• Vomiting

  • Anaemia

  • Bloody stool

  • Visible worms in the stool or around the anus

Prevention and treatment

Worms rarely cause serious illness in cats. However  owners of kittens should be careful as they can cause things like dehydration, anaemia, and even death. 

If your pet does develop worms, you should take them to the vet immediately, as a trained professional will be able to diagnose your cat. Starting treatment will differ depending on which worms your cat has, but the vet will prescribe a course of treatment that is suitable.


2. Diabetes in cats

Diabetes in cats is caused by either a lack of hormonal insulin or insufficient responses to insulin. If a cat has diabetes, they will become starved of energy due to their cells being unable to take in sugars. This can have a lasting serious effect on the pancreas, which overworks in an attempt to produce more sugars. 

There are two different types of diabetes:

  • Type 1 — A lack of the production of insulin.

  • Type 2 — Characterised by high blood pressure; the body is resistant to insulin.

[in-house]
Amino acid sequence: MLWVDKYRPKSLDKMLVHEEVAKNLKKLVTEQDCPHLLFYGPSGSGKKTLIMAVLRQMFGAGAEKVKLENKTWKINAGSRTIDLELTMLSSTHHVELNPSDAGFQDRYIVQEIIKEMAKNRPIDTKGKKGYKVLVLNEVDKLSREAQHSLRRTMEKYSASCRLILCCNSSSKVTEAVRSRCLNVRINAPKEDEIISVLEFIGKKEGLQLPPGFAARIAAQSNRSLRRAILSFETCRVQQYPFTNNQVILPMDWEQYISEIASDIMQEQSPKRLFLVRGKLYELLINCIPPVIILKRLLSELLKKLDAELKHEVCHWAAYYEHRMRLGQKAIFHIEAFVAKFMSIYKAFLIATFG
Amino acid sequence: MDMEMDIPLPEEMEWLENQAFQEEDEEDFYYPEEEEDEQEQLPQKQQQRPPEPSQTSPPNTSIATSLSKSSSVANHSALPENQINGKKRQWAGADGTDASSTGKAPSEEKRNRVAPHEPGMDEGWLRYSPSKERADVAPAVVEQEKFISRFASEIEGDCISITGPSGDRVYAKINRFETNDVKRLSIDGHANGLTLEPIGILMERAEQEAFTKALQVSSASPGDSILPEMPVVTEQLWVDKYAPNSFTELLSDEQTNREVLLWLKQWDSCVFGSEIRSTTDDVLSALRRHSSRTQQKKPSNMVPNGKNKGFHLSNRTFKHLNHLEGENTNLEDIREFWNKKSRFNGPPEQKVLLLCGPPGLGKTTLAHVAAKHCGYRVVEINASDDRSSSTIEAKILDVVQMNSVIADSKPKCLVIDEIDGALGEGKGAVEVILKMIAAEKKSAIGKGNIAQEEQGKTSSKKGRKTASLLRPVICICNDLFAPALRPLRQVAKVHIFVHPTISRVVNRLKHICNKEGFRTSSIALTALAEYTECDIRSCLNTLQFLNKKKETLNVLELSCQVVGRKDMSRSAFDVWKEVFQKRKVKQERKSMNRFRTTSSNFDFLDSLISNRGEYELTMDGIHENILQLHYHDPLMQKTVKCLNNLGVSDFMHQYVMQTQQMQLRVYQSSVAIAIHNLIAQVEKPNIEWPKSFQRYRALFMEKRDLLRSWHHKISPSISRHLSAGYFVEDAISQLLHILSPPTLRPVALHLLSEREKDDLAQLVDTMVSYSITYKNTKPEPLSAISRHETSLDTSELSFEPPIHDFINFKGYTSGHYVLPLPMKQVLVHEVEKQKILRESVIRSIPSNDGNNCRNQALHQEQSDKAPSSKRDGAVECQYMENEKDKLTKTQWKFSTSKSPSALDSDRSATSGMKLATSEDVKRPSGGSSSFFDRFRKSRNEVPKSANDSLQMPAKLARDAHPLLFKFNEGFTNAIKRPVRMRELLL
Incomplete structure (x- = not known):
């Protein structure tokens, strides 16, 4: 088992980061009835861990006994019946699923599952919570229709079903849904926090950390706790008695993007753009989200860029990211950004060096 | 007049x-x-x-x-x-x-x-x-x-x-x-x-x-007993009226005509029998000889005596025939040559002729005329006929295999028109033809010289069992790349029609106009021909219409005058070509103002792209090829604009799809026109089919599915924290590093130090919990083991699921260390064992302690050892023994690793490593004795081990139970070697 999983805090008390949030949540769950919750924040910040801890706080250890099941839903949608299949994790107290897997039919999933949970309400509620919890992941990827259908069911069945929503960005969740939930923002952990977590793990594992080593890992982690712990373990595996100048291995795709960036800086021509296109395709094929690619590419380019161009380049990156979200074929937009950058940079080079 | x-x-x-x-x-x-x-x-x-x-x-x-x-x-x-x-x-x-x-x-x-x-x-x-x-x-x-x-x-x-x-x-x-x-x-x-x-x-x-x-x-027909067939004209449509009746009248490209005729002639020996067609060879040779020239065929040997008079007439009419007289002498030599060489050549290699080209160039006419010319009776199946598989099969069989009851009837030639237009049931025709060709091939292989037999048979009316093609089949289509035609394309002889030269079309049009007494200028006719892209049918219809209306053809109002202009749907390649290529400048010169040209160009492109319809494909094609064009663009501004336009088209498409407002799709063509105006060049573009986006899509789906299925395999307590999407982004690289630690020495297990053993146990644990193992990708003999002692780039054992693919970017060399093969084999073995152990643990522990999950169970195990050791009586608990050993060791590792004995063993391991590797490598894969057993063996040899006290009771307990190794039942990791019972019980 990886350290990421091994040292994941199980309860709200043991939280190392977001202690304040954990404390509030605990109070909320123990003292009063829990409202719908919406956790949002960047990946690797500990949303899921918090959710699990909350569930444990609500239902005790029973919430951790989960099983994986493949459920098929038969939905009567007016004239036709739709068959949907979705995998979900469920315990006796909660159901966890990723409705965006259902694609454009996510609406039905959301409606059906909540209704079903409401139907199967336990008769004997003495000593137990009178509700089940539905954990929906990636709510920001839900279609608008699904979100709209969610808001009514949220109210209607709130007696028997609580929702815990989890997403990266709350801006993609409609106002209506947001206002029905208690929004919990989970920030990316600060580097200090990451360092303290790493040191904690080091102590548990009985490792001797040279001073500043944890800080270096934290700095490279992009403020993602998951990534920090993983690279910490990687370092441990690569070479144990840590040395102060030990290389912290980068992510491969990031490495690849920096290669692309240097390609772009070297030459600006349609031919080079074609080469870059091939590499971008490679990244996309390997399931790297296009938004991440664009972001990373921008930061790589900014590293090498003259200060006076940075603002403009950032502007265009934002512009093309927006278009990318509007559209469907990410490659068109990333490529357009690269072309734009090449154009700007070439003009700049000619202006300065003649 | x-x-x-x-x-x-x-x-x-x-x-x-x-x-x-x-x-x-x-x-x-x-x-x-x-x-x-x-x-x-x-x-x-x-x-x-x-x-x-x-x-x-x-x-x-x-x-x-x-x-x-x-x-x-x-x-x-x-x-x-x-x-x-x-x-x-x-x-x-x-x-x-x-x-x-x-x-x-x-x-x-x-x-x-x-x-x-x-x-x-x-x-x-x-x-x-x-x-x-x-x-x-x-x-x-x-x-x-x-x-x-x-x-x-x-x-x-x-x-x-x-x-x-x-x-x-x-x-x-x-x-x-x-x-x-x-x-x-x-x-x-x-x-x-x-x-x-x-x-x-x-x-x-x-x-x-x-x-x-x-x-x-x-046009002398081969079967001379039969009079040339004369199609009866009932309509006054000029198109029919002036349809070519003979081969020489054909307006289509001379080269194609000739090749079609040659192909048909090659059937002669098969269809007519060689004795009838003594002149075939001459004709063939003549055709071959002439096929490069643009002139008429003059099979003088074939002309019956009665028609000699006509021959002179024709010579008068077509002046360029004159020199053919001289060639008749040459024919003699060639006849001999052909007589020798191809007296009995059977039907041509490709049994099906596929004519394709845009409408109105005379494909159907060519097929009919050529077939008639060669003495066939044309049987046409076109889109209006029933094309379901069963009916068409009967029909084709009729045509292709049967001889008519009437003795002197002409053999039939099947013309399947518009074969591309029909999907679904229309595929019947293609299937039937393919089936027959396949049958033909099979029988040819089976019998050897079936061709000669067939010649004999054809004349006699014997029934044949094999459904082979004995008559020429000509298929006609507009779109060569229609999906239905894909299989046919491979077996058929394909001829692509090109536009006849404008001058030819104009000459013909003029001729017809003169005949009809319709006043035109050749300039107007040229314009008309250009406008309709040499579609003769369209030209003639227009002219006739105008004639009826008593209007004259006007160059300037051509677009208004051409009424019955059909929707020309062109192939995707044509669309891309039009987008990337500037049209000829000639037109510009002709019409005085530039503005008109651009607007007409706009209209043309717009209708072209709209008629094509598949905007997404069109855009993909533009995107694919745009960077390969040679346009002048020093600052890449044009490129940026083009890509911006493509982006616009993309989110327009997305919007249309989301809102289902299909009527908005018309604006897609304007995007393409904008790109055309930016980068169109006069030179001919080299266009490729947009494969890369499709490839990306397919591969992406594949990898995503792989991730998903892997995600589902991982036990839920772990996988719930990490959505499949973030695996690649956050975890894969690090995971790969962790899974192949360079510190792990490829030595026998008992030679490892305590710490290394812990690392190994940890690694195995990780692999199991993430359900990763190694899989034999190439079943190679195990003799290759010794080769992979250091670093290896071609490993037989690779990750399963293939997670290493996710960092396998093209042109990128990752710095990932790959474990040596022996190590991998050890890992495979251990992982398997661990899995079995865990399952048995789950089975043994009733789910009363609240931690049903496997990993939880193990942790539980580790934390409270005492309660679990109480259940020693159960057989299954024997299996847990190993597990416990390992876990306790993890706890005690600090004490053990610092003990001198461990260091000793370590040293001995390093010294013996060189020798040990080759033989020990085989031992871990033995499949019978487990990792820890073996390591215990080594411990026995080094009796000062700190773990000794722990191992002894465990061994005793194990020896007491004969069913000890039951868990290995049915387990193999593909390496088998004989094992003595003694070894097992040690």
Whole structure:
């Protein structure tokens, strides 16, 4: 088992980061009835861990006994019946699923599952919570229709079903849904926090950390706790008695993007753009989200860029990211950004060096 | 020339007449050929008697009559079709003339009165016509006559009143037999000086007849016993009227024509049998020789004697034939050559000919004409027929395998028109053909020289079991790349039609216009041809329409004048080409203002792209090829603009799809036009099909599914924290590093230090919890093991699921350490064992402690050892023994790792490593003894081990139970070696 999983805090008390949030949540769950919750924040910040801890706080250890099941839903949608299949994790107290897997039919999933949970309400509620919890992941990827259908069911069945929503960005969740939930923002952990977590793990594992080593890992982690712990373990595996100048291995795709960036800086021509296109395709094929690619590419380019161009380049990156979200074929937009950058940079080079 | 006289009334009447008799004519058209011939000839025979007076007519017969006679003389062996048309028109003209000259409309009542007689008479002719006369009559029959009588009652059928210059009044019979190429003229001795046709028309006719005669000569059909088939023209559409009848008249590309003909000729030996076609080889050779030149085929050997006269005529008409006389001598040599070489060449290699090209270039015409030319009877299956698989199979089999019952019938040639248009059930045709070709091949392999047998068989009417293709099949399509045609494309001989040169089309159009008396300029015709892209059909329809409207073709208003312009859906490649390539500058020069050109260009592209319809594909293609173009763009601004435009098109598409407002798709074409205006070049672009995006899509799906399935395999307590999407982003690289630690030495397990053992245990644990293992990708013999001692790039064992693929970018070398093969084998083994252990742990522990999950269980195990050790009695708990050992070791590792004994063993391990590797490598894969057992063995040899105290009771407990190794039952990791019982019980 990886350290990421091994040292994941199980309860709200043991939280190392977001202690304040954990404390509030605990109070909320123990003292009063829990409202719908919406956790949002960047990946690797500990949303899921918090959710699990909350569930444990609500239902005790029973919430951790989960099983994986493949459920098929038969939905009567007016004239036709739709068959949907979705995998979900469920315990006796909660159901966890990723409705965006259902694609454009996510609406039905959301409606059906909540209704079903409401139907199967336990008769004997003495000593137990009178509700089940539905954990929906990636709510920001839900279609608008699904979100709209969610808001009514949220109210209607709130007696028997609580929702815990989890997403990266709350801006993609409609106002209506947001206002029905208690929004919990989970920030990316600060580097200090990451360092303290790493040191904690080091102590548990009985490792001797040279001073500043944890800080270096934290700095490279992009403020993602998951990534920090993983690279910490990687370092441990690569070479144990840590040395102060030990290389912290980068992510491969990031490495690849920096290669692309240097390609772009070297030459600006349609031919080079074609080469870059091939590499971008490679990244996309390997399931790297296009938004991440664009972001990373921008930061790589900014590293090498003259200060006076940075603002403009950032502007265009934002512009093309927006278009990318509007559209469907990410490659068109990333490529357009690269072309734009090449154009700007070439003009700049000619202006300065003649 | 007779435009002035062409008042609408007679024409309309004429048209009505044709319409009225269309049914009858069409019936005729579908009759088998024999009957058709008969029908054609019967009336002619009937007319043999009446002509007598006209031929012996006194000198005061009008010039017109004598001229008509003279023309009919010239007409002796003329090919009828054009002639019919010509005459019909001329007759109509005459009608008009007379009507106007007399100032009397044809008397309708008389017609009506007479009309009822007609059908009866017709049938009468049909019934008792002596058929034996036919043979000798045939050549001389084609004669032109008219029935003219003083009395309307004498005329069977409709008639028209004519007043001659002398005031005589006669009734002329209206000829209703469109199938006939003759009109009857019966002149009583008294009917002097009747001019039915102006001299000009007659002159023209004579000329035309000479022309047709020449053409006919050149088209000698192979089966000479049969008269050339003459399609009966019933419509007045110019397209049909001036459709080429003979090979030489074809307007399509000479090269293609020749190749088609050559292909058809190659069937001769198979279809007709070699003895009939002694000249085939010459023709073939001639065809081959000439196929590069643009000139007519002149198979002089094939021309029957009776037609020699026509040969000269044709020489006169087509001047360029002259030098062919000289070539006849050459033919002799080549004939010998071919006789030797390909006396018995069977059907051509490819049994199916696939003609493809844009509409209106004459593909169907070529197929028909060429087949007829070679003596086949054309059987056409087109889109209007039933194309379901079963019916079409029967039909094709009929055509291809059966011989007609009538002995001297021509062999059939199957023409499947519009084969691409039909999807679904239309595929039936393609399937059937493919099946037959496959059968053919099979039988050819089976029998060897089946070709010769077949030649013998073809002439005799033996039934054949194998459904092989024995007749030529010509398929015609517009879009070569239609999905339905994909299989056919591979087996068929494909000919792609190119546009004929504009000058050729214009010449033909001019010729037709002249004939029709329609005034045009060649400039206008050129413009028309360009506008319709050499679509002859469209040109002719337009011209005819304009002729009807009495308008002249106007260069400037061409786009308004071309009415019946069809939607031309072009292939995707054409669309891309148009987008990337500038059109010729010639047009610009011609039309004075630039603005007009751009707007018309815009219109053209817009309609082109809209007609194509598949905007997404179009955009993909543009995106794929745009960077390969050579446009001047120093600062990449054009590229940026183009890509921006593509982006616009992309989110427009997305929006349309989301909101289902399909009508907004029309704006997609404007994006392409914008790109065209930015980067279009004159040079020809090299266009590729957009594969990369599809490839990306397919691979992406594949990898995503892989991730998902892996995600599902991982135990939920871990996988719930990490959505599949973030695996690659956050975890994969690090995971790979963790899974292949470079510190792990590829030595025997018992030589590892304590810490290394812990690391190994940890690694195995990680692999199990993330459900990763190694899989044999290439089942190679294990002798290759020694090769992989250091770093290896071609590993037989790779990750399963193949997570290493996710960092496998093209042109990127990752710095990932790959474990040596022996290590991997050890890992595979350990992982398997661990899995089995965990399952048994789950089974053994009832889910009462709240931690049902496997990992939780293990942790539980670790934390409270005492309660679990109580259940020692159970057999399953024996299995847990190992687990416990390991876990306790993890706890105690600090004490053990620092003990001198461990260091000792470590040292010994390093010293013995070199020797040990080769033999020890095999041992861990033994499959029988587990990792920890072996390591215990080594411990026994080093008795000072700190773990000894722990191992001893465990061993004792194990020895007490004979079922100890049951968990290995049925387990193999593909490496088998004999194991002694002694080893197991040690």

The most common symptoms of diabetes are:

  • Weight loss

  • Change in appetite

  • Excessive thirst and water intake

  • Dehydration

  • Increased urination

  • Lethargy

Prevention and treatment

Obese cats are more likely to develop diabetes, so keeping your cat at its ideal weight and on a controlled and balanced diet will prevent the disease from occuring. Diabetes is diagnosed with blood tests and urine samples. 

For most cats, insulin injections are needed to regulate blood glucose levels with both Type 1 and Type 2 diabetes. Typically based on weight, these injections will be given at home. Cats who have stable levels when they’re diagnosed may respond well to oral medications, so this is also an option.